Stop What You’re Doing and Read: Okay for Now by Gary Schmidt

Because I was away at school in the spring, I missed the release (and advance reader’s copy) of Gary Schmidt’s Okay for Now. I didn’t think anything of it until it started to get buzz from the blogosphere. Big words started getting thrown around, words like “must read,” “National Book Award” and “Newbery contender.” Everyone, it seemed, was head over heels for this book. I figured it was high time I read it, but I wondered if it had been built up too much. Really, could any book stand up to all this hype? The very fact that I’m writing this blog should answer that question. (Yes.)

When Doug Swieteck’s family moves to stupid Marysville, he’s sure that he’ll hate it. After all, how much can possibly happen in a tiny town in upstate New York? You guessed it: a whole lot. For starters, there’s a book in the library full of pictures of birds that he can’t seem to get out of his mind. And a librarian who is determined to teach Doug to draw those birds. And a girl with attitude who shows him the best way to drink a really cold Coke (big gulps followed by a giant belch). And a science teacher with a tiny rocking horse named Clarence on his desk, a horse that rocks enthusiastically whenever a student gets something right. And a reclusive playwright who shares ice cream when Doug makes the Saturday grocery delivery.

But then, of course, there’s Doug’s family: his mother, with the most beautiful smile in the entire world. His father, with a quick temper and quicker fists. His middle brother, who is possibly a criminal mastermind. And his oldest brother, who is returning from Vietnam with mental and physical injuries that Doug’s not sure will ever heal.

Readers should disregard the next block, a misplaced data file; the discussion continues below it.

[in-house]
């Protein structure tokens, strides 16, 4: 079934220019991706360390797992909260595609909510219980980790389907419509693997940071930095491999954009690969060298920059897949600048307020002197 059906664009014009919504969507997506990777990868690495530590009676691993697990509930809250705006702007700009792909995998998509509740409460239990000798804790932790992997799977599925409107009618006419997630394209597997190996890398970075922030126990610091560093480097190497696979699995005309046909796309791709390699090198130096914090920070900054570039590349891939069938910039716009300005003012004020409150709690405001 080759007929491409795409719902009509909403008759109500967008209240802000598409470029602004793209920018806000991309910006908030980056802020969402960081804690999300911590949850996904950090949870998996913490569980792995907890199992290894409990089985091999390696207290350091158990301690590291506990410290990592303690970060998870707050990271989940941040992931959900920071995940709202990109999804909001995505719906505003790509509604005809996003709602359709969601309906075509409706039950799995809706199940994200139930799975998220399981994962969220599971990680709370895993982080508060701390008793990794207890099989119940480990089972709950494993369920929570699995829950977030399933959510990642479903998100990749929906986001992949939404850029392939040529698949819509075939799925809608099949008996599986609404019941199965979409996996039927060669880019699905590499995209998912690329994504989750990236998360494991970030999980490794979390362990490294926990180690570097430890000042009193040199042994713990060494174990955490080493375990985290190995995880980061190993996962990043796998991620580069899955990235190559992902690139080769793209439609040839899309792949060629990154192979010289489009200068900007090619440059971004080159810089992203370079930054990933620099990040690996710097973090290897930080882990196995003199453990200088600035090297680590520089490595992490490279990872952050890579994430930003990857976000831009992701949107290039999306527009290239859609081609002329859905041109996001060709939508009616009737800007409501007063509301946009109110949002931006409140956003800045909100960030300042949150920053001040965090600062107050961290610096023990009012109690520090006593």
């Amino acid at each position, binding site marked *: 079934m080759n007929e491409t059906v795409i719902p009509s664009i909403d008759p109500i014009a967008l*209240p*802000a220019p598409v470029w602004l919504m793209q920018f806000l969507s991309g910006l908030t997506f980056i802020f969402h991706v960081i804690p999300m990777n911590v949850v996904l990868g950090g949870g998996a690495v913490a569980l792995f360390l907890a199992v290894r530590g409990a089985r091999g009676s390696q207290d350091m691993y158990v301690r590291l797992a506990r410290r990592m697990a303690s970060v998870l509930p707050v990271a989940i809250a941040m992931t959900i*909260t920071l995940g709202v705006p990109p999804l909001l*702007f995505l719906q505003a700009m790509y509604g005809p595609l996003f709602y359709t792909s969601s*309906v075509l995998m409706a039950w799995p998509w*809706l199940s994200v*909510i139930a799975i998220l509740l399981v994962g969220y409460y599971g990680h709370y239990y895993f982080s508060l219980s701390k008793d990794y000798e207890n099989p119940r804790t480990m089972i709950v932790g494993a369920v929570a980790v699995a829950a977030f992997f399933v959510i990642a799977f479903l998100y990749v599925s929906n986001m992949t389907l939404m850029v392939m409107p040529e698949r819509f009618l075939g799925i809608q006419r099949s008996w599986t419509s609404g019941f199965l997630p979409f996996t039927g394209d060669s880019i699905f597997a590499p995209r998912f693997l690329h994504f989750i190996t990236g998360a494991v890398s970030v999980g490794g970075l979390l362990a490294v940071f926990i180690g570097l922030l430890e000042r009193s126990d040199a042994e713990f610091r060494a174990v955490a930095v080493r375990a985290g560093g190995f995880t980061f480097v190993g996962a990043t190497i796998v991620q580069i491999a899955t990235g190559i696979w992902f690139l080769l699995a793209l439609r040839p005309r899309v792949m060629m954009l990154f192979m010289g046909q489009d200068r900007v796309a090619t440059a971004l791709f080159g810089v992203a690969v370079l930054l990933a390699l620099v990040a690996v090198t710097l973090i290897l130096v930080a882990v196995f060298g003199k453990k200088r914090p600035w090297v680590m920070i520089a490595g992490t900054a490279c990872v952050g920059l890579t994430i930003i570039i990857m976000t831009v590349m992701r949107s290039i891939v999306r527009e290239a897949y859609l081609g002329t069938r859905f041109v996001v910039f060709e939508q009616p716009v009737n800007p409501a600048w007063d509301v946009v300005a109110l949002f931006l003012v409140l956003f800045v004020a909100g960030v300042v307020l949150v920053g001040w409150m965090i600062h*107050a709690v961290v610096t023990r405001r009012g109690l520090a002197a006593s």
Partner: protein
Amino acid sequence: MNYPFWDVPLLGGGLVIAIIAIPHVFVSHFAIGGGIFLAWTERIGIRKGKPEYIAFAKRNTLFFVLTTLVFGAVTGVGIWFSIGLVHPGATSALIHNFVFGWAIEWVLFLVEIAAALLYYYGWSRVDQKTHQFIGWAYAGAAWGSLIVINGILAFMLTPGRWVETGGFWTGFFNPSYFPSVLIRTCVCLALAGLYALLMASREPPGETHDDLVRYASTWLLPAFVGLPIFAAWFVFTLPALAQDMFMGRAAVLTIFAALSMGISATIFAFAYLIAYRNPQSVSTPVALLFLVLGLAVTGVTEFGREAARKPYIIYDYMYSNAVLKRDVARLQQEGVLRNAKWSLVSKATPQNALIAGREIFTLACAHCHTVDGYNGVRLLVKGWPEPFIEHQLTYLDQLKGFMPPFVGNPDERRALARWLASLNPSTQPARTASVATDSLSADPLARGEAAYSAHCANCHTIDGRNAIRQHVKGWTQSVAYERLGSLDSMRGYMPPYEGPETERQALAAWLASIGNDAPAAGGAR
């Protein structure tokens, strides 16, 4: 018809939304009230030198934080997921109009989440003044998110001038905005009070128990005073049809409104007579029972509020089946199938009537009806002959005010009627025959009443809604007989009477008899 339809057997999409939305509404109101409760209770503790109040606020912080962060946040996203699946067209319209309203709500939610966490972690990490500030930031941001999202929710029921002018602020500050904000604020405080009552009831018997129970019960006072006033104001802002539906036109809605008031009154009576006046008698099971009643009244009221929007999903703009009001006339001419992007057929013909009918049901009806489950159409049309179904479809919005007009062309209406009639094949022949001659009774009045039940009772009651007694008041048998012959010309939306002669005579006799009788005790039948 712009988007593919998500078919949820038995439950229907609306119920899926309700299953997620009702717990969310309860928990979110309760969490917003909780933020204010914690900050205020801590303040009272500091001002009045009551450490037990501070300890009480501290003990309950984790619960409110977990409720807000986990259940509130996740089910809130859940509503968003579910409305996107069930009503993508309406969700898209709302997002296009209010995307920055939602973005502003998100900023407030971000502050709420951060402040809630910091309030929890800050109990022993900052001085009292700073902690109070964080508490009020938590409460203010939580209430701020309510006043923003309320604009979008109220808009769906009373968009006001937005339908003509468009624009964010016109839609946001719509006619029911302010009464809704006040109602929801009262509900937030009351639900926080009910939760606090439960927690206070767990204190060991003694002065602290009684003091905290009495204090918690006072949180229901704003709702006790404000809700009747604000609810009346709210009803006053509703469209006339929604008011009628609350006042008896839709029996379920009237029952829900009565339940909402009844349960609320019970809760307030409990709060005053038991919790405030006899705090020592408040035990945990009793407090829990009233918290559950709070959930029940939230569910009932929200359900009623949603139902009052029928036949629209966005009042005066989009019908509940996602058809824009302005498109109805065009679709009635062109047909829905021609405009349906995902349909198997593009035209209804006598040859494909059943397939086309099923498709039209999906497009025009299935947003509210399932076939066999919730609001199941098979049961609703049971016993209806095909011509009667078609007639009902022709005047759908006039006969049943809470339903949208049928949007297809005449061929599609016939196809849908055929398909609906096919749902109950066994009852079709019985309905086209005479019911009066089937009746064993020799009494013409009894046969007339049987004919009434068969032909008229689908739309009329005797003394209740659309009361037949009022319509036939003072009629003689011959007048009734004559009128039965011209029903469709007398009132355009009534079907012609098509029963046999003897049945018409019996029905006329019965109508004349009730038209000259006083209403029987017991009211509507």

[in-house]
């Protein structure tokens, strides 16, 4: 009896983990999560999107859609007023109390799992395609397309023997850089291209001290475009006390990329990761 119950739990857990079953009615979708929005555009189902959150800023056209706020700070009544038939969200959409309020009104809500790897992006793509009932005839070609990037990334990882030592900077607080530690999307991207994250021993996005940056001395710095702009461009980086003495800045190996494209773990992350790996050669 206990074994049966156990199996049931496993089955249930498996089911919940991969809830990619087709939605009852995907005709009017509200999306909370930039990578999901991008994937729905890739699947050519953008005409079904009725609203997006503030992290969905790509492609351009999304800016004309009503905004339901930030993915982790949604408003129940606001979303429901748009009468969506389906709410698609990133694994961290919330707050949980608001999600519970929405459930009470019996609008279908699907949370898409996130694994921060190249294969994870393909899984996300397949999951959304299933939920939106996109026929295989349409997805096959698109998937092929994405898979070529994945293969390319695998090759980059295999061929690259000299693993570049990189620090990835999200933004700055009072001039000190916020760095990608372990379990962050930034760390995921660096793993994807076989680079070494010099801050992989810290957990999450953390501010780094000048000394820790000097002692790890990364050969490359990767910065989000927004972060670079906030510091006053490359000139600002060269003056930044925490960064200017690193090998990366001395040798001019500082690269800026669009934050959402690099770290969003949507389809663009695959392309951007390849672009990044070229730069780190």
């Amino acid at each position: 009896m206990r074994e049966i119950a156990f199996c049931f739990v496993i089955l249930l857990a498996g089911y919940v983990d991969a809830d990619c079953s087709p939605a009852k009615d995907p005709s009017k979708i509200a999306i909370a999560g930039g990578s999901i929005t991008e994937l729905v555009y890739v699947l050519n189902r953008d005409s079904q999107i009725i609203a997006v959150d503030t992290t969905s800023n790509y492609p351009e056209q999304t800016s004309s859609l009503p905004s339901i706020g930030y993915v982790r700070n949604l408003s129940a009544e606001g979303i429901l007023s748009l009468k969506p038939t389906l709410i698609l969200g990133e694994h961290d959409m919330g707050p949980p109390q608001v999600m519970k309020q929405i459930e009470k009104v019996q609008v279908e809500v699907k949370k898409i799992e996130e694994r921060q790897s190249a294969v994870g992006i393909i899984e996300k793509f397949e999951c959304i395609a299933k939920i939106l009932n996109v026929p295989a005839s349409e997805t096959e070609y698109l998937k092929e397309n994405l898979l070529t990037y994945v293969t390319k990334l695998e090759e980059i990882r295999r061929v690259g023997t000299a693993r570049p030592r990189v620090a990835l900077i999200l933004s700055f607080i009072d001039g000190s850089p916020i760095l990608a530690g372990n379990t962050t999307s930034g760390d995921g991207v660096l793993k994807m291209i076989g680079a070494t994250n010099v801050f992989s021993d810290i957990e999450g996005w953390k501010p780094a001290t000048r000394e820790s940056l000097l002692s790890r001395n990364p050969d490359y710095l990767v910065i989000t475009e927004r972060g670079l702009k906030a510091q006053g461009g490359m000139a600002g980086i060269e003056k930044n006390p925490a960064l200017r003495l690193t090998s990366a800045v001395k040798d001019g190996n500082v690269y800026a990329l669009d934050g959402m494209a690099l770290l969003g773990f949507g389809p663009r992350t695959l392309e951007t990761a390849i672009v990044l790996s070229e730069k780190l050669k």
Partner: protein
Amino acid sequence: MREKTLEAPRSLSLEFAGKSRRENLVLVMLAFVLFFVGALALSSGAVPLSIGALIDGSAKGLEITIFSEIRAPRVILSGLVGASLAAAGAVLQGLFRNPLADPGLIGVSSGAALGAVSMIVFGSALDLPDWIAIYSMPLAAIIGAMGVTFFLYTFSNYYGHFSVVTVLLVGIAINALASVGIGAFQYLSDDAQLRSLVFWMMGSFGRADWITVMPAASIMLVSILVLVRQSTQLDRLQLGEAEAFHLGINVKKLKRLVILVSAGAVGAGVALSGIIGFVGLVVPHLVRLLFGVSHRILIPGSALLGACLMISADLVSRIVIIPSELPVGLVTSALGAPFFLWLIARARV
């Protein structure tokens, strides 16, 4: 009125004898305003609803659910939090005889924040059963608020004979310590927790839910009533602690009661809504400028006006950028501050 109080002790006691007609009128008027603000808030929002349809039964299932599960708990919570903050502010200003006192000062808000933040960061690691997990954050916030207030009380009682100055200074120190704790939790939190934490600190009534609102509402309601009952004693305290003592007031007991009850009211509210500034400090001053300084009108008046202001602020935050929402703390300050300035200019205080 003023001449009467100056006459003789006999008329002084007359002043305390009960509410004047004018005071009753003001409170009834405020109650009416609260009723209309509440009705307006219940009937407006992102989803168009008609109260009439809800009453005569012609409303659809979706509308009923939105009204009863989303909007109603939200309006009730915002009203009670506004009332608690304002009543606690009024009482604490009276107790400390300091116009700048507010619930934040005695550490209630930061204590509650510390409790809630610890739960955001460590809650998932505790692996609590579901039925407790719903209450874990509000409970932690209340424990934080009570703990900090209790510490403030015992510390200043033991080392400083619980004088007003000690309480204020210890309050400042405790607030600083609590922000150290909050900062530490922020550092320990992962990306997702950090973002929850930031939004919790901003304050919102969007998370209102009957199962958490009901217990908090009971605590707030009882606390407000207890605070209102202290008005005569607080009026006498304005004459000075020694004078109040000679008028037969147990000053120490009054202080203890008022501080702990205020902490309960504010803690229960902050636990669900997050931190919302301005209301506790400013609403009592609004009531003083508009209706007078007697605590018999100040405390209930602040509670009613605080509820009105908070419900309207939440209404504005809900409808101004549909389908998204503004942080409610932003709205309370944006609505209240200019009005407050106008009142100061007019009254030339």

It’s the worldview used in creating the characters that is the deciding factor here. I hope I’m not spoiling anything by telling you that every single person introduced in the plot–good, bad, and ugly–is redeemable. Even Doug’s abusive father, who, like any reader with half a heart, I was predisposed to utterly despise, gets a shot at forgiveness and rebirth. It’s the sort of hopeful, lovable novel that is often lacking in our cynical society of ambiguous endings and anti-fairytales. It’s refreshing and joyful and heartbreaking and unpretentious and thoroughly enjoyable.

I am not lying when I tell you that I laughed and cried while reading this book (on the metro, as it happens, which may have been slightly awkward for the people around me). As I said, the awards blogs are atwitter with predictions for this title (it’s already a National Book Award finalist), so don’t be surprised if you hear more and more about it as the countdown to Newbery begins. It’s an excellent choice for gift giving, too–it’s definitely on the top of my holiday suggestions list for this season!

The title of this blog is a little bossy, so I’ll tone my demands down a bit and just say that if you read this book (and I really, really, really hope you do!), you’ll be extremely grateful that you did.

Happy reading,

Miss Megan G.

Okay for Now by Gary D. Schmidt, Ages 10+, Clarion Books (Houghton Mifflin)

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